Organizations like Trees Atlanta and their volunteers plan most of their year to care for these young trees until they're mature enough to thrive on their own. "We try to prune trees for 10 years to make sure they get a good healthy structure." Levine adds. "We also add mulch around trees to help keep the moisture in the ground, so the tree doesn't dry up. We have to have a lot of patience with planting trees around pavement, making sure that they can rise to the challenge."

Protect what you have: Nowak says the first step is caring for the trees on your own property. "We think we pay for our house, and so we must maintain it. But because we don't pay for nature, we don't need to. And that's not necessarily true."

Prune the dead limbs out of your trees: If they're small enough, do it yourself or hire a company. The risk of limbs damaging your house is significantly lowered when there's tree upkeep, Nowak said.

Notice where your trees may be in trouble: Often, you can observe when something's wrong, such as when branches are losing leaves and breaking or when mushrooms are growing at the base or on the trees. You can also hire an arborist or tree canopy expert to assess the health of your trees on an annual basis. Or you can contact your local agricultural extension office for advice.
Don't remove old trees if it's not necessary: Instead, try taking smaller actions like removing branches. "It takes a long time for these big trees to get big: 50 to 100 years. And once they're established, they can live a long time. But taking a big tree out and saying, 'we'll replant,' there's no guarantee small trees will make it, and it will take a very long time to grow."

Allow trees to grow on your property: Although everyone's aesthetic is different, it's the cheap way to get cooler yards and lower energy bills. It's also an inexpensive approach to flood and noise control.
Nowak says he laughs when his neighbors wonder why their property doesn't have more trees, because "I hear people running their lawn mowers." Fallen seeds need a chance to implant, and constant mowing prevents that. If you don't like where a seedling is growing, you can dig it up and plant it or a new tree where you like.

Educate yourself about trees and get involved: Many cities have tree ordinances that seek to protect very old, significant trees. You can get involved by attending city council meetings. You can also help your city plant trees by joining local nonprofit groups.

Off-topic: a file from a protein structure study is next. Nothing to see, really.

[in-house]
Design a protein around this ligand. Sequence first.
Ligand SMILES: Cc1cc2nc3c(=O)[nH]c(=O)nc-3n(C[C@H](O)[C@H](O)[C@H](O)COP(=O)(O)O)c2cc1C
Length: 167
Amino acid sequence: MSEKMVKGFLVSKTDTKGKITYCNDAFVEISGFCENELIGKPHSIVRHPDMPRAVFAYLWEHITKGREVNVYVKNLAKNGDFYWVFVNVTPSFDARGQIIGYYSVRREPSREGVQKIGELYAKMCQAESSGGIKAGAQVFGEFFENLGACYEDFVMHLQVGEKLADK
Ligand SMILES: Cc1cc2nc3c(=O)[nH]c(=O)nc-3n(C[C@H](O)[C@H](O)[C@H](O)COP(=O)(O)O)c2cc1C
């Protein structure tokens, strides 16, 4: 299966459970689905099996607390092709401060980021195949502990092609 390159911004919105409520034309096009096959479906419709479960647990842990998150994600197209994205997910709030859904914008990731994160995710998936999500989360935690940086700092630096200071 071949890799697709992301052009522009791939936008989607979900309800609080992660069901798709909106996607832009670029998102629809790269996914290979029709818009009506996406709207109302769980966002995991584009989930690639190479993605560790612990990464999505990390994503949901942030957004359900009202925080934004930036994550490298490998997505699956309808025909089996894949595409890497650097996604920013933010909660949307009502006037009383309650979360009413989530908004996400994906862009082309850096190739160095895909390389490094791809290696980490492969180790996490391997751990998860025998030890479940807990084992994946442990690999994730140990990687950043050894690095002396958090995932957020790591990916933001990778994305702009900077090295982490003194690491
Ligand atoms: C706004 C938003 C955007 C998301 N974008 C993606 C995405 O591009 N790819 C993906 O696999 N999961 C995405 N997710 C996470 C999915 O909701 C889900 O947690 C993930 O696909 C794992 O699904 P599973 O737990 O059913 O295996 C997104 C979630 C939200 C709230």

Volunteer or donate to tree planting and research organizations:
The Arbor Day Foundation
National Forest Foundation

FORESTS NEAR MY HOME
I live in Northern New England where the forests are dominated by sugar maples, American beeches, yellow birches and Eastern Hemlock. There are many wildflowers, shrubs and ferns as an understory to the forest. Close to where I live near Lake Champlain are some unique species that normally grow to the south.

I live minutes away to Red Rocks Park with its diversity of natural communities. The park overlooks the lake. What makes it special. First off, there is the moderating effect of the lake in the summer. This allows for more southerly species of oaks, hickories and hophornbeam. Yet, in winter, the cold air coming off the lake can be brutal.

The soils in Red Rocks Park are calcium rich because the lake was formed from ancient sea floors that contained compressed shells of ancient sea life. The shells form the calcium rich limestones shales that support trees that thrive on these soils. Thus red rocks is unique compared to other parts of Vermont

Wood Whys – Explorations of Forests and Forestry Michael Snyder. Bondcliff Books This collection of 63 essays by the commissioner of Vermont Department of Parks and Recreation, addresses questions posed by landowners. The essays tackle questions such as What makes the best firewood? Why are paper birches so white? Why do tree species produce bumper crops of seeds? Snyder responds with science and common sense. This is the kind of paperback book you want to carry into the forest.